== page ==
With the sudden departure of series lead Ruby Rose last year, Batwoman was left with a major challenge. Recast? Rewrite? Reboot? The CW franchise went with none of the above. Instead, an entirely new character was created -- and actress Javicia Leslie fit the bill perfectly. She plays Ryan Wilder, a homeless teen who finds the Batwoman suit in the wreckage of Kate Kane's plane crash, forever changing her destiny. "I grew up watching movies based on comic books," Leslie laughed during a recent virtual press conference. "My brother was a huge comic book collector, so I dabbled with [them]. But for me, it really was the screen adaptations. When you're talking about anything Bat-related -- Batman, Batwoman, Batgirl, Robin, all of them -- I'm a huge fan.
"When I first put the suit on, and I saw that bat across my chest, it felt surreal," she added. "But then it was also this moment of like, it's your childhood dream come true, so it doesn't feel real. It almost feels like make-believe until you actually start playing, and then you realize this is your reality, and this will be your reality for a while."
According to Leslie, she didn't feel too much pressure when assuming the role because she wasn't a recast. "I think I would have felt differently if I was, because then I'd have to meet the certain energy and everything of the previous actress," she said. "But I came in as a completely new character, so for me, it's like my first time. It doesn't feel like I'm trying to live up to someone else's reputation because no one else has played Ryan. We're creating Ryan as we go.
"When I received this audition, in the middle of the quarantine, I had time to really kind of dive into the world," she continued. "I didn't try to do too much research, [as] I wanted to just develop ‘my' Ryan. I knew that was important. That's where it would be grounded and would be most believable, so I worked on that. After the audition, and booking, I went back into the world of Gotham, the world of Batwoman, the world of Batman, just so that I [could] be reminded of the essence, and the energy. The thing about Ryan is she is so different. She's a nobody, and we needed to show that she was a nobody. So, I couldn't allow her to be too influenced by what has already been played on television or movies."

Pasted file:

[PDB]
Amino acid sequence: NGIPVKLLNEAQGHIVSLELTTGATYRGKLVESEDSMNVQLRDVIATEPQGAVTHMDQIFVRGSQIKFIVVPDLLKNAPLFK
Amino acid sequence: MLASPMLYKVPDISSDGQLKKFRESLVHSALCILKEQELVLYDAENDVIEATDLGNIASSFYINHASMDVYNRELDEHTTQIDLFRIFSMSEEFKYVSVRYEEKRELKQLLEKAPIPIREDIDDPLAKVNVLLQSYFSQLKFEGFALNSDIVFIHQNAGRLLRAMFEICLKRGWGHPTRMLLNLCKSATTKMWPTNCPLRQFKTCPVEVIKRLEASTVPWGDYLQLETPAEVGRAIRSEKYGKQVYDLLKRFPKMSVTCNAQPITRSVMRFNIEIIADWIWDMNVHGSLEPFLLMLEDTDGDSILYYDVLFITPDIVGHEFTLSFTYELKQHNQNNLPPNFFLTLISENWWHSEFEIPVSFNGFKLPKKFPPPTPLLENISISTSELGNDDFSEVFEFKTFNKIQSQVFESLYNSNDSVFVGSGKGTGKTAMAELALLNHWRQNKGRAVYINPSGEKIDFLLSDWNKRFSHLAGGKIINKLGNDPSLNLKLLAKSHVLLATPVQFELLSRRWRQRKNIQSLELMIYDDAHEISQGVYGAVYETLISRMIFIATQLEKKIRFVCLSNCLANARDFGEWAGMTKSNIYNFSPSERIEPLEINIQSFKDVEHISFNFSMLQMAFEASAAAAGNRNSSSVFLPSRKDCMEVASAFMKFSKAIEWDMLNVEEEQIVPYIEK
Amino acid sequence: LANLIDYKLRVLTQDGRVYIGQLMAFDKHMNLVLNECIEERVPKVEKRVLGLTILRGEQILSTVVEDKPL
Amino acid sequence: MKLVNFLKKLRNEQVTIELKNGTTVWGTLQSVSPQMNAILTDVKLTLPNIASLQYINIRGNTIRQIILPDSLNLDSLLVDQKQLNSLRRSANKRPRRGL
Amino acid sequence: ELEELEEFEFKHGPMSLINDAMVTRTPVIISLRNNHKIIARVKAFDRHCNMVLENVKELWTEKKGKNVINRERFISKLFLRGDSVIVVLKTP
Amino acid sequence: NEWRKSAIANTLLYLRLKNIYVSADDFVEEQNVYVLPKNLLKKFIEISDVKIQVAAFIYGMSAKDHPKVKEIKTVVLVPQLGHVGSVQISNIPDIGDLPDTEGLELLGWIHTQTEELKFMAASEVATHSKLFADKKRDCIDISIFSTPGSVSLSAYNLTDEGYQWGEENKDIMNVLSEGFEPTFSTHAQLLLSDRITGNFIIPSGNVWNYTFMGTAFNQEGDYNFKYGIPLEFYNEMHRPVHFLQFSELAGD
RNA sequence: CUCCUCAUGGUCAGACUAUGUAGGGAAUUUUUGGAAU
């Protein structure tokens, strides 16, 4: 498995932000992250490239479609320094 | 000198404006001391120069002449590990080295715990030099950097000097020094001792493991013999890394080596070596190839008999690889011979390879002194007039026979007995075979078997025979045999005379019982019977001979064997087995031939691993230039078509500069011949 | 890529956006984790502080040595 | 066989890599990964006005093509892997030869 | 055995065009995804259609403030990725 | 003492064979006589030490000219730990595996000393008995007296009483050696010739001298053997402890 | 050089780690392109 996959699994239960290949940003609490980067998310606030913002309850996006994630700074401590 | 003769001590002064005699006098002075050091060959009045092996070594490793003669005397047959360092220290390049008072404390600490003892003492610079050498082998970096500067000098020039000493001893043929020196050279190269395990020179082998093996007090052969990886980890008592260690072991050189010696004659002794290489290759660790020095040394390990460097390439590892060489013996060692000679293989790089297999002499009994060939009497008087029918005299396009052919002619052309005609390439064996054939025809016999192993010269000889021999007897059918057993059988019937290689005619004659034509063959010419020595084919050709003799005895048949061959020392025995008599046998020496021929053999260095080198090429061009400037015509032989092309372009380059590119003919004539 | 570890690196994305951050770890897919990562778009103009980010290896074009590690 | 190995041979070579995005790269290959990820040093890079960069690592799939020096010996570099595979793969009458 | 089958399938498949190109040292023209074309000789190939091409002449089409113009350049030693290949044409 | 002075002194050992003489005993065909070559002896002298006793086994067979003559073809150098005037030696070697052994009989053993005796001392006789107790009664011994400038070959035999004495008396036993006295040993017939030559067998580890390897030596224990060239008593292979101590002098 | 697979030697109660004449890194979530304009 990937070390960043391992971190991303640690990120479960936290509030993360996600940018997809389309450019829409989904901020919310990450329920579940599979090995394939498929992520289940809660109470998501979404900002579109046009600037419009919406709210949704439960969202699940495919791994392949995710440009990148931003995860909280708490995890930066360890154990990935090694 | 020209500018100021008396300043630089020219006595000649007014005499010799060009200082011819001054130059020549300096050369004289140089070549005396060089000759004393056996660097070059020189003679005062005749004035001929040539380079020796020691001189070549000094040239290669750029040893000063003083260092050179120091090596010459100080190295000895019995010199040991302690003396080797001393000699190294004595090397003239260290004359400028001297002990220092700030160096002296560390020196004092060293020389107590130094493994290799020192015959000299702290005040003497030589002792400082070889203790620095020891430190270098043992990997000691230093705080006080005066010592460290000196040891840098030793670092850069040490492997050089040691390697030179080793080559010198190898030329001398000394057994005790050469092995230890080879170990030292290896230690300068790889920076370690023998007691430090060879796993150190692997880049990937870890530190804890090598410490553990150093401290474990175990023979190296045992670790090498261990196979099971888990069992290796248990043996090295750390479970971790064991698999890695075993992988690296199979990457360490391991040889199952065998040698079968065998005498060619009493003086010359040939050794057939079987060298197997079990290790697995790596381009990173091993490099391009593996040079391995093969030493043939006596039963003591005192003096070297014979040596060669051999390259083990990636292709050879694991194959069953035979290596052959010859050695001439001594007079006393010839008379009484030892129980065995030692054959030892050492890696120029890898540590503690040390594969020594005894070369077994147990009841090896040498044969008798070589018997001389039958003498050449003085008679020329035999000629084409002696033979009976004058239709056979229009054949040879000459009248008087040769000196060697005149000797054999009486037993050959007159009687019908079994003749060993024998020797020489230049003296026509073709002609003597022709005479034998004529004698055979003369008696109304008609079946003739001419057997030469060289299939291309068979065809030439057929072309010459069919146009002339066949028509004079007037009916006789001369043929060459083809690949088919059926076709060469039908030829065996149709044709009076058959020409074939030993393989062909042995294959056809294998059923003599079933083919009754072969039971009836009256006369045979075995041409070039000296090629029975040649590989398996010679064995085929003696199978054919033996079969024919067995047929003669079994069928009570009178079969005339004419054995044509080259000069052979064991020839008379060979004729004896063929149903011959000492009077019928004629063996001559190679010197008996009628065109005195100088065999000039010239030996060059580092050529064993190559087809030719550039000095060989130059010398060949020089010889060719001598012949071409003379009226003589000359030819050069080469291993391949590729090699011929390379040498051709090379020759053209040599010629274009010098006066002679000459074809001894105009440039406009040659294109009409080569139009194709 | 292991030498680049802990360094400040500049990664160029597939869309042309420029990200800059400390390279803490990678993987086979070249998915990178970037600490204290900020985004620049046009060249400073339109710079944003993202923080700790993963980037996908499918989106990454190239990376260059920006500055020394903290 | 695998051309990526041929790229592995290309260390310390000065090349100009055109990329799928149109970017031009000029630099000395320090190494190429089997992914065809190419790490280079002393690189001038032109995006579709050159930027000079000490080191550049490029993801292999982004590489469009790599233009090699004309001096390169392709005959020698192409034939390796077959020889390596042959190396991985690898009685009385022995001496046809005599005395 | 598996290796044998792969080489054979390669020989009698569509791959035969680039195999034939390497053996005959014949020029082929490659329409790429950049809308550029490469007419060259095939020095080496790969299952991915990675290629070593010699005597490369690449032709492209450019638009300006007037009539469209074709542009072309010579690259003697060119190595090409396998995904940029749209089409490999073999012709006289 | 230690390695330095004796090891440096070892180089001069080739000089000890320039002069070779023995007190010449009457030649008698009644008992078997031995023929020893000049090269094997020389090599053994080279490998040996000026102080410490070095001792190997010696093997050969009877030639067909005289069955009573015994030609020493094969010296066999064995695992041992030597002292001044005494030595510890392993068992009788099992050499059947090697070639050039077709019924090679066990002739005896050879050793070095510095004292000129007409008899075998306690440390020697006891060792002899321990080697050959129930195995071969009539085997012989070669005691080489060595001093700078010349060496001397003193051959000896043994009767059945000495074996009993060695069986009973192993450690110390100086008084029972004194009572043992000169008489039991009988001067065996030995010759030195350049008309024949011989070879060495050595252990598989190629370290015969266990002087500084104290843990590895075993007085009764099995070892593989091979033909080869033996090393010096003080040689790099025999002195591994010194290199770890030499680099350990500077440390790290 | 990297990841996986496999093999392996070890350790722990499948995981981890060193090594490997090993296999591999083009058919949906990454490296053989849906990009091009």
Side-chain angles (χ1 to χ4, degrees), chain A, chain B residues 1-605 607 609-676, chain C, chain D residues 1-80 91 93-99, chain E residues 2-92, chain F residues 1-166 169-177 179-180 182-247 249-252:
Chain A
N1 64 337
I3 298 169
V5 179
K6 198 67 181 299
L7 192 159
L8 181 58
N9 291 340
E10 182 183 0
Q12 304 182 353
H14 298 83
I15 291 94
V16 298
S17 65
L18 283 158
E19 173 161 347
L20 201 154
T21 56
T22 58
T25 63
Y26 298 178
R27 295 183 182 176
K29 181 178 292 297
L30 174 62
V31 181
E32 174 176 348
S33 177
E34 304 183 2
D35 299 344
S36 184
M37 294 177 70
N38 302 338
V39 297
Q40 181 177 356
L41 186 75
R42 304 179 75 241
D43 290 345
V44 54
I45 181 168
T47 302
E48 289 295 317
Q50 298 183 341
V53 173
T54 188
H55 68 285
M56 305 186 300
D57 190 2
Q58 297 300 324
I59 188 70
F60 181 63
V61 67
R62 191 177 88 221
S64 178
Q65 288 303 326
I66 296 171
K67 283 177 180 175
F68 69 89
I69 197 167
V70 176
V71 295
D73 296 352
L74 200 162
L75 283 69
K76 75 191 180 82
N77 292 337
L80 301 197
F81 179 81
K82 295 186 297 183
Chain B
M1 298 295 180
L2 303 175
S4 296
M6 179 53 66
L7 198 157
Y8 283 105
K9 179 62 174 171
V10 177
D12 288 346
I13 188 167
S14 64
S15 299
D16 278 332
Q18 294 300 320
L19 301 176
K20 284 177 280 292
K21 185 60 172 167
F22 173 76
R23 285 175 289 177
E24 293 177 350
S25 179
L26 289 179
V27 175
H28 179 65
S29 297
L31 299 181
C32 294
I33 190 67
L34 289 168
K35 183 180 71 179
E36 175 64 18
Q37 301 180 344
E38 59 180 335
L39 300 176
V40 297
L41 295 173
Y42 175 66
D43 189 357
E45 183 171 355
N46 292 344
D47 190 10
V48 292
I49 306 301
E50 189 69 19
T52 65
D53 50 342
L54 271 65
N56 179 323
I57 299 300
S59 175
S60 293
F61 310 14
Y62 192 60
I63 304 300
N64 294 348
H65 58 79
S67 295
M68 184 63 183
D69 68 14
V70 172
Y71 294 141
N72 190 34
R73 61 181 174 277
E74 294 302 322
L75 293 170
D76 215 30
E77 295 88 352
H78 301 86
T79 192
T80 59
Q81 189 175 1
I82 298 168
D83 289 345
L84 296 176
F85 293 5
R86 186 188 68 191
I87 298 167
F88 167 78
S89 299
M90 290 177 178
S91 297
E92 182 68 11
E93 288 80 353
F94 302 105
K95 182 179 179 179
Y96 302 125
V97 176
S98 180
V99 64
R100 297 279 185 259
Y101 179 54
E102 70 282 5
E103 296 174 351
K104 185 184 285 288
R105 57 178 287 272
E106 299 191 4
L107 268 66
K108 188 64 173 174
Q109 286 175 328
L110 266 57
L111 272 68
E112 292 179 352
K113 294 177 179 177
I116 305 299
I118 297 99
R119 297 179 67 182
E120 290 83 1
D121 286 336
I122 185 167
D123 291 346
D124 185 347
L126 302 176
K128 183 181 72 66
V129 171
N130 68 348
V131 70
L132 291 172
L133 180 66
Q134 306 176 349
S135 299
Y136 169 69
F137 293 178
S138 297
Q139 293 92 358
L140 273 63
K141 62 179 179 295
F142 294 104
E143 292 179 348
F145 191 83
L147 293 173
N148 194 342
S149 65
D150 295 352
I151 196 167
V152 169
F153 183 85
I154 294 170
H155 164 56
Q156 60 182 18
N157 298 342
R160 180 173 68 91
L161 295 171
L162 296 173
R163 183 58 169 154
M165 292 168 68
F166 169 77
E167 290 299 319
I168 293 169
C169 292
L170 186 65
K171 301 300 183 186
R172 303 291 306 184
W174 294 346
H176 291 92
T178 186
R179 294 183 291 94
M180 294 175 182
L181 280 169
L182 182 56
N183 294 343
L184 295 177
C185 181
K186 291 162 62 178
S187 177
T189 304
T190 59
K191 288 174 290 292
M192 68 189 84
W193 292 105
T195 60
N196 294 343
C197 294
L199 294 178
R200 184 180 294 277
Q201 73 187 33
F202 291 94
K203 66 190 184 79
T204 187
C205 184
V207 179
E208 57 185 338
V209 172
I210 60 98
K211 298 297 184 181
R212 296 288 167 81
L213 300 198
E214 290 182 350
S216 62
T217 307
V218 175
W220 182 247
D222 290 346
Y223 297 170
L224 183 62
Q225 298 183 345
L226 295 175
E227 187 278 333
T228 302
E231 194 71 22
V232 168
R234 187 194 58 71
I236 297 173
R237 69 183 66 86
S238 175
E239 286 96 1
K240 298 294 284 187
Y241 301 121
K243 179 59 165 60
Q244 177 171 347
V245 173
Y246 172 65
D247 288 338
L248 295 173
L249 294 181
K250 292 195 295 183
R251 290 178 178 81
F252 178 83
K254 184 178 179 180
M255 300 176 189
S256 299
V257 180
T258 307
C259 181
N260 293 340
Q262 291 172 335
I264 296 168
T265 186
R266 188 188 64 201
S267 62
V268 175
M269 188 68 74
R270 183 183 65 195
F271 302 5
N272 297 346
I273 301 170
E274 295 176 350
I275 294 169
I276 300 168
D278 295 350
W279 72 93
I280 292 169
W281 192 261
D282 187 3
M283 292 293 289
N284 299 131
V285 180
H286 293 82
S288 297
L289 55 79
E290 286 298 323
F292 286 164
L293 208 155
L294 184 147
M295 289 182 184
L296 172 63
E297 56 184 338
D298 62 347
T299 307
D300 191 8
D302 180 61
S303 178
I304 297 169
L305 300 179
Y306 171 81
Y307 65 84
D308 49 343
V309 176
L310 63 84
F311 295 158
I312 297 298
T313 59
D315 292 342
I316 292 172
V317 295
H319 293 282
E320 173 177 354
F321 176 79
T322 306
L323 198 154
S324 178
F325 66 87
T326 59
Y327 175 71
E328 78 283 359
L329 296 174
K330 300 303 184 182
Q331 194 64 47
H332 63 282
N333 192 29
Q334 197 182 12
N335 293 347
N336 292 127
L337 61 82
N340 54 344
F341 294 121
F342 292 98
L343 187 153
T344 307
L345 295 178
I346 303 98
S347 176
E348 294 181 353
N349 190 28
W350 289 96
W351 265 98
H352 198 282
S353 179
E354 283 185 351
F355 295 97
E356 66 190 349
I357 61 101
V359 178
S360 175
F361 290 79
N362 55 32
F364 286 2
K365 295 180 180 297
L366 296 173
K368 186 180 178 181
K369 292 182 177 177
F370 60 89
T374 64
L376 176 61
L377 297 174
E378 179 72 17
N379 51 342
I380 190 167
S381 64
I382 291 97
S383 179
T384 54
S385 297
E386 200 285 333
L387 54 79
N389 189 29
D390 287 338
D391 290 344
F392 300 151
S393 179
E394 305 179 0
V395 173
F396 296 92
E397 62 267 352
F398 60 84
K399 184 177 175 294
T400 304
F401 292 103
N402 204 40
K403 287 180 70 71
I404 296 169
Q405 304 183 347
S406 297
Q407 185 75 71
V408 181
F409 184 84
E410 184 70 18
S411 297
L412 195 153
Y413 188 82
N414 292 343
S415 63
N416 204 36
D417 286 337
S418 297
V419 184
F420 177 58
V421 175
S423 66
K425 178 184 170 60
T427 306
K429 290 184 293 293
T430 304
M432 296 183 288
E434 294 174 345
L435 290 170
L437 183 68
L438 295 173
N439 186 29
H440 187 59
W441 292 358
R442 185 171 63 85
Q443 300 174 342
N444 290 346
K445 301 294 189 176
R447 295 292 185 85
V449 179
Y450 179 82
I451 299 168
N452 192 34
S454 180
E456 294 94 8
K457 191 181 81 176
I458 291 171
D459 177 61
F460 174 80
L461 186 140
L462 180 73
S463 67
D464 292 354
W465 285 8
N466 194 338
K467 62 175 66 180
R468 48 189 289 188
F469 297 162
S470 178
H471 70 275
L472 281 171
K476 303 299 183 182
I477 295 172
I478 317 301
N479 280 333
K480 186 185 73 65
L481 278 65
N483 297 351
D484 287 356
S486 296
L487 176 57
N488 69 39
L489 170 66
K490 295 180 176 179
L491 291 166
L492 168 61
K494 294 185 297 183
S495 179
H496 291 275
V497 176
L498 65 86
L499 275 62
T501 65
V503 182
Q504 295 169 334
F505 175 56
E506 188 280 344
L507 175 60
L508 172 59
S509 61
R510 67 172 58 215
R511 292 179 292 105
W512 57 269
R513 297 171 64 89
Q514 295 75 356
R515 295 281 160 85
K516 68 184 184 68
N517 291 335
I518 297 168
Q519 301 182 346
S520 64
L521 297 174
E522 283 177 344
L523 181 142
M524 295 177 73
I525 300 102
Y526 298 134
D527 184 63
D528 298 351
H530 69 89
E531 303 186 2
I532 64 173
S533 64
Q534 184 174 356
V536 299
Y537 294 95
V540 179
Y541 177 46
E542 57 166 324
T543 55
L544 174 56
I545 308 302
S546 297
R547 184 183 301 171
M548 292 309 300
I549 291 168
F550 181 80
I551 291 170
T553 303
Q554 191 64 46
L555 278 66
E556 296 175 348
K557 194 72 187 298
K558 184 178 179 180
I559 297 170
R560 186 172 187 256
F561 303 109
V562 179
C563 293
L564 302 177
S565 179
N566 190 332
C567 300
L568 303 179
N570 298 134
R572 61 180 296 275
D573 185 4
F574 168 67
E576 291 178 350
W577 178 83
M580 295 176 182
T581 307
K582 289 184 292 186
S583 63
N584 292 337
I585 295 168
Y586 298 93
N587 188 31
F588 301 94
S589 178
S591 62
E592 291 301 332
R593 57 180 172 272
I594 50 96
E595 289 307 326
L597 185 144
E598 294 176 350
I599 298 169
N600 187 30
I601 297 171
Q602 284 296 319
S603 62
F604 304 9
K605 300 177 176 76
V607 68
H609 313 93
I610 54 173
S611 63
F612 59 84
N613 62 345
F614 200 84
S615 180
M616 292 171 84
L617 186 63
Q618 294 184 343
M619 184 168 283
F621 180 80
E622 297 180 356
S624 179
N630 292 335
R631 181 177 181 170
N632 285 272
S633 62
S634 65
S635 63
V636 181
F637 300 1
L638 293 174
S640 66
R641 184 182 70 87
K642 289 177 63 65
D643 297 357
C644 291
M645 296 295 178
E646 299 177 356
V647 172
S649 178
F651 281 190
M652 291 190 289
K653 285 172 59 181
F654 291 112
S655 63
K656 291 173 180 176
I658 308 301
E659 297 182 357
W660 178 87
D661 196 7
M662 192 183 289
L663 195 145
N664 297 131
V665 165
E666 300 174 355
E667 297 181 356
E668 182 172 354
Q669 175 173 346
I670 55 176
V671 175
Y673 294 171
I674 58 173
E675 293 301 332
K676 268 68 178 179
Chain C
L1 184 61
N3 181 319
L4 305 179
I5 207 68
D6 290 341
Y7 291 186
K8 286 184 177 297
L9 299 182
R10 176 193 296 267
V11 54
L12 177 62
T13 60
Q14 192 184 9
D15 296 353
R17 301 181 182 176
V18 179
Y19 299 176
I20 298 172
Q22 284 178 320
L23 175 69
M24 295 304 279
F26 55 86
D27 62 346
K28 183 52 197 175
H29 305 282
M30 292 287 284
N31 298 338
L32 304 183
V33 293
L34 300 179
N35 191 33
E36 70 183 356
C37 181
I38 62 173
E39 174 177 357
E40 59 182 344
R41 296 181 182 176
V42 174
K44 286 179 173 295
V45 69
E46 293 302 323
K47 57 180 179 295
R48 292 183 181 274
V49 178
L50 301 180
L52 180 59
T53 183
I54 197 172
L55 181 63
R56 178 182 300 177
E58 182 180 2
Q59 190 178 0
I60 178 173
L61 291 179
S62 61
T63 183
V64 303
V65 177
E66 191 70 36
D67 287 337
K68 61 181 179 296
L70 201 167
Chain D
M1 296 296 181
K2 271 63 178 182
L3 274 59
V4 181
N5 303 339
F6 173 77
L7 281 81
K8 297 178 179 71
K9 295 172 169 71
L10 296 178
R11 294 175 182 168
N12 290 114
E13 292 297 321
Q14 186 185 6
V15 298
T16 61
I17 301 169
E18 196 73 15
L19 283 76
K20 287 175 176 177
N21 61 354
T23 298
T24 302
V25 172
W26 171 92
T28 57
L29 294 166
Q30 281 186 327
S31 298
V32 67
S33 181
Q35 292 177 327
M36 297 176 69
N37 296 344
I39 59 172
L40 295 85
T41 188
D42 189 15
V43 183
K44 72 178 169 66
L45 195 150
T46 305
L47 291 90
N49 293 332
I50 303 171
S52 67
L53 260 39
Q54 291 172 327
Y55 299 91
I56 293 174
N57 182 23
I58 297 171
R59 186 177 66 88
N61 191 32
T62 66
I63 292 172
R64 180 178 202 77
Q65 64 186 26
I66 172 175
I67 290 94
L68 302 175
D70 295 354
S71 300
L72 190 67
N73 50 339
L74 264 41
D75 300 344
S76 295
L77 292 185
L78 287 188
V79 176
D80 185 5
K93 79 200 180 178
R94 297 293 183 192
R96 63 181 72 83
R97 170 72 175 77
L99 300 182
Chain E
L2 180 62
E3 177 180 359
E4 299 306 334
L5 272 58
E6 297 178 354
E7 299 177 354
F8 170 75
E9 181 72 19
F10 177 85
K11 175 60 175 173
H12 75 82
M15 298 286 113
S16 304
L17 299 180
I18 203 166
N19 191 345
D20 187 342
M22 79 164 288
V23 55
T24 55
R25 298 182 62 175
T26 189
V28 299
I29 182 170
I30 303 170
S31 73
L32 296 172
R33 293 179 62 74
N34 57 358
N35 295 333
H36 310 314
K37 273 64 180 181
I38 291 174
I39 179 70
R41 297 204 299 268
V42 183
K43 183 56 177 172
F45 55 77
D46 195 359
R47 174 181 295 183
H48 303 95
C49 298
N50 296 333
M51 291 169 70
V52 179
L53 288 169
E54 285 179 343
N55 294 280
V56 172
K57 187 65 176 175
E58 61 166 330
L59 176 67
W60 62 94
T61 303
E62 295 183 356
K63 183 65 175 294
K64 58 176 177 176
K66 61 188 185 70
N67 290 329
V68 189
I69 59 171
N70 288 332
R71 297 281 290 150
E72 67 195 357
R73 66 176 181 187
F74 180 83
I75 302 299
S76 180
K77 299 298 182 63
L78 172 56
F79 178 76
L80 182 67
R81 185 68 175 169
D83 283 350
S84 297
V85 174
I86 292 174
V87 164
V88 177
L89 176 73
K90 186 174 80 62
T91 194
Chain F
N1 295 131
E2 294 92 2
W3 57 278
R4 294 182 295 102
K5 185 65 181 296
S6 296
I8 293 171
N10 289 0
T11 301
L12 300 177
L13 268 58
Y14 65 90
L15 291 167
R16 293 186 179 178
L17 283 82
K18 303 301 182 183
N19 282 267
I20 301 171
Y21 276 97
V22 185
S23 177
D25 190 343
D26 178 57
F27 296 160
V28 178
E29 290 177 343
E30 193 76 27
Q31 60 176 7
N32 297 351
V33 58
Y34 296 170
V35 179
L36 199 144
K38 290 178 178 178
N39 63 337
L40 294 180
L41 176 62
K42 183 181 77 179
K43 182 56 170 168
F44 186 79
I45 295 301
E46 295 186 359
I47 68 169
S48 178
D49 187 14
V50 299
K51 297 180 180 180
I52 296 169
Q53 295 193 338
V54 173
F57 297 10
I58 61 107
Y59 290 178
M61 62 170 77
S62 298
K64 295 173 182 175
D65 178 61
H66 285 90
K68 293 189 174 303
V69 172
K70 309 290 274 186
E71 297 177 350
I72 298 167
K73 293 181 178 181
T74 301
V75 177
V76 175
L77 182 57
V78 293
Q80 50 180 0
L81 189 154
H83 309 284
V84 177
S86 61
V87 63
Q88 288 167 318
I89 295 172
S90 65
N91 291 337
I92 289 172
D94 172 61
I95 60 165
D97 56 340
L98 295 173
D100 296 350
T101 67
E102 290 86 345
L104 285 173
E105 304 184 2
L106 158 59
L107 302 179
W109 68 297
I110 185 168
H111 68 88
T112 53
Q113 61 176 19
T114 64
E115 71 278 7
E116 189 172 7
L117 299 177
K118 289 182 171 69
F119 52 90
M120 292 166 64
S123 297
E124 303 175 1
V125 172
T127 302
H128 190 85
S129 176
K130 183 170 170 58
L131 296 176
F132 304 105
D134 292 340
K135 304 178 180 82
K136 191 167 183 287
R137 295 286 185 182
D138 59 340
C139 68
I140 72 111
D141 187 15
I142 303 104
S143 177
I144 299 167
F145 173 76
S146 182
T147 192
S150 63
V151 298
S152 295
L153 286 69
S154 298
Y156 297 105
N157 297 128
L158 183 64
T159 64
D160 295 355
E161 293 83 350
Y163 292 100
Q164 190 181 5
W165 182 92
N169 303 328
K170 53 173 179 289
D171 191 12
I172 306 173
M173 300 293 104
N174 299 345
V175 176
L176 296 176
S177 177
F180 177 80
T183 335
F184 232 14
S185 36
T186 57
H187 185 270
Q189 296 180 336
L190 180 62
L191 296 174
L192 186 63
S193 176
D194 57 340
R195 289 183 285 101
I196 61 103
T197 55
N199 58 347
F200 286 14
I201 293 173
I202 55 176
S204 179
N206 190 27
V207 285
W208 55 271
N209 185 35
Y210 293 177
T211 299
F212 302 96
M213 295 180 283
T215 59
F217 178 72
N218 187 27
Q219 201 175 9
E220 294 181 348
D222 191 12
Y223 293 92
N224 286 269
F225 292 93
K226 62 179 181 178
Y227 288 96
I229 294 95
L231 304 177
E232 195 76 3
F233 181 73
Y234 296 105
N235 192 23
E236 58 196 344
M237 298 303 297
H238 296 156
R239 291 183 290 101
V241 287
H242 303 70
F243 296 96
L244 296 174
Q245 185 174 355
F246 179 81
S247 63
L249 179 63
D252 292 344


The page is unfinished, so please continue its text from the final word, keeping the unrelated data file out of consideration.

One thing Leslie realized when accepting the role was the cultural gravitas that came with it. Her character is gay (Leslie refers to herself as bisexual) and black, which makes Batwoman the only broadcast show with a queer lead of color. "It's an honor," she enthused of the history-making part. "It's frustrating that this is the first and it really shows we have so much work to do. In 2021, this should not be a first! But I'm really happy that our show creators, our producers, DC Comics, The CW and (executive producer) Greg Berlanti were all willing to take this chance.
"[It's] a needed movement in our industry," she added. "I think representation is so important. When I was growing up, I didn't see versions of myself on the screen, especially in superhero movies and television shows. I remember growing up, I saw two black female superheroes." She was referring to the title character in Catwoman and to Storm in the X-Men movies, both played by Halle Berry. Since Catwoman is a villain, she noted, correcting herself, in truth she only saw one black female superhero.
"To be able to kind of be a vessel in this industry that allows other people that either look like me or walk the same path is important," Leslie said. "I think that we deserve to have representation. So, yeah, it's, it's an honor. I'm really, really, really, blessed to be a part of the beginning of this journey for us."
Another thing that excites the actor about playing the lead in Batwoman is the arsenal of gadgets, gizmos and amazing inventions she's getting to utilize – especially her new suit with its constantly evolving secret abilities. "Technically there are two suits," she revealed. "There's one for doing regular things and there's my stunt suit. That's my favorite and the one I ask wardrobe [for], even if I'm not doing a stunt, because it gives me a little bit more space, not only to be flexible, but to snack.
"I have my gauntlets with different buttons that do different things, including shooting things," she added in closing. "I have my grapple gun, and my Batarang. And we do have the Batmobile this season! But I'm definitely not doing stunt scenes with the vehicle. That's a very expensive car and I don't have the money if something happened."
Batwoman is telecast Sundays at 8 p.m. on The CW.
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